While the system and method discussed herein relative to FIG. 1 are most aptly applied to the valuation of one or more patents, it is to be appreciated that these valuation tools can also apply to other types of intellectual assets. For example, copyright in a line of software code, a jingle, a rift, a slogan or the like can be used pervasively, or can have few, if any, substantial uses. Similarly, a trademark (such as Mickey Mouse (or the like) can also be used pervasively, where as other trademarks have few if any commercial use.

Prior art factor 138 reflects the effect on market value 128 if questions exist with regard to the asset's validity. For patent assets, for example, validity searching may identify potential issues that could dramatically effect the value of the asset 102, as reflected in the exemplary value guidelines presented in Table 5:

TABLE 5
Very unlike that art exists5
Somewhat unlikely that art exists3
Likely that some art exists−2
Highly probable that art exists−8
Known, anticipatory art exists−10

In this exemplary embodiment, the prior art factor 138 has the potential to add value (i.e. an average amount of value) if art is unlikely to exist, but also to subtract a large amount of value to the overall market rating 128 if prior art is known or believed by an evaluator to very likely exist. To that end, the prior art factor 138 shown in Table 5 ranges in value between a positive value equal to an average of the minimum and maximum values for the claim strength factor 120 and a negative value equal to the inverse of the maximum value for the claim strength factor. Again, the non-linear assignment of values within the prior art category can be used to tailor the desired effect of positive or adverse conditions as appropriate and desired. Here the non-linear valuations reflect an appreciation that any knowledge of prior art is inherently limited and the existence or non-existence of invalidating prior art can often only be determined after years of searching, litigation and/or reexamination. Similarly, while known anticipatory art may significantly reduce the value of an asset (as indicated by the −10 factor), in this embodiment, such a rating is not by itself dispositive of the ultimate value of the asset, because while one or even all of the independent claims in a patent may be believed to be invalid over prior art, one or more dependent claims may exist that are value and likely infringed by one or more commercial implementations.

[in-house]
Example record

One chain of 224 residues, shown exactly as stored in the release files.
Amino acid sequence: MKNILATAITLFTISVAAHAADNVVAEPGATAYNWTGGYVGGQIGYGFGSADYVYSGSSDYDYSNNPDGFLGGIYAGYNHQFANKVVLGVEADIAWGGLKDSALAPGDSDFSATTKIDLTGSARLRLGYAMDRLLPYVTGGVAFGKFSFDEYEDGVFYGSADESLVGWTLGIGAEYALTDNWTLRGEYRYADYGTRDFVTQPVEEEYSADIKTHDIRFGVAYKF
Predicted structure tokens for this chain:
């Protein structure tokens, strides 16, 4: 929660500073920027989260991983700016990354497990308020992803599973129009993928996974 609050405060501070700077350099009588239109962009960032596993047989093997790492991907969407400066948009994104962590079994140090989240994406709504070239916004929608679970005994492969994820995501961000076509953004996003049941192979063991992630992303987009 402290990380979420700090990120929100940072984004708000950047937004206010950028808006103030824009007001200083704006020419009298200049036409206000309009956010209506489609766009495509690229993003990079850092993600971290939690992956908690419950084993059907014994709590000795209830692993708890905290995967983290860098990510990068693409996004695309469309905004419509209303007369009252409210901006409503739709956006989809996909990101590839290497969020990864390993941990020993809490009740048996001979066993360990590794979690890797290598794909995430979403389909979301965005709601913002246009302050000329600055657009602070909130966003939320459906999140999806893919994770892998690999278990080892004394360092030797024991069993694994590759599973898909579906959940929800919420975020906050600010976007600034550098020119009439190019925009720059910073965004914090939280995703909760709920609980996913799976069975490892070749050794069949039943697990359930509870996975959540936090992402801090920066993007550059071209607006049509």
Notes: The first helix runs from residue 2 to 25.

Valuations of the strength of an asset relative to the world of known assets in a given space can also be applied to non-patent assets. For example, a trademark using in whole or in part “Sherlock Holmes” may receive a lesser valuation due to the relative lack of distinctiveness associated with such terms.

The alternative design factor 140 reflects the availability of design-arounds or other alternative technologies that would negate the commercial need for the relevant asset 102. This category could be designed to supplement the information contained within claim strength category 130, as appropriate, or could be intended as a separate category as shown in system 100 of FIG. 1. An exemplary value guideline for the alternative design factor 140 is shown in Table 6:

TABLE 6
No known alternatives5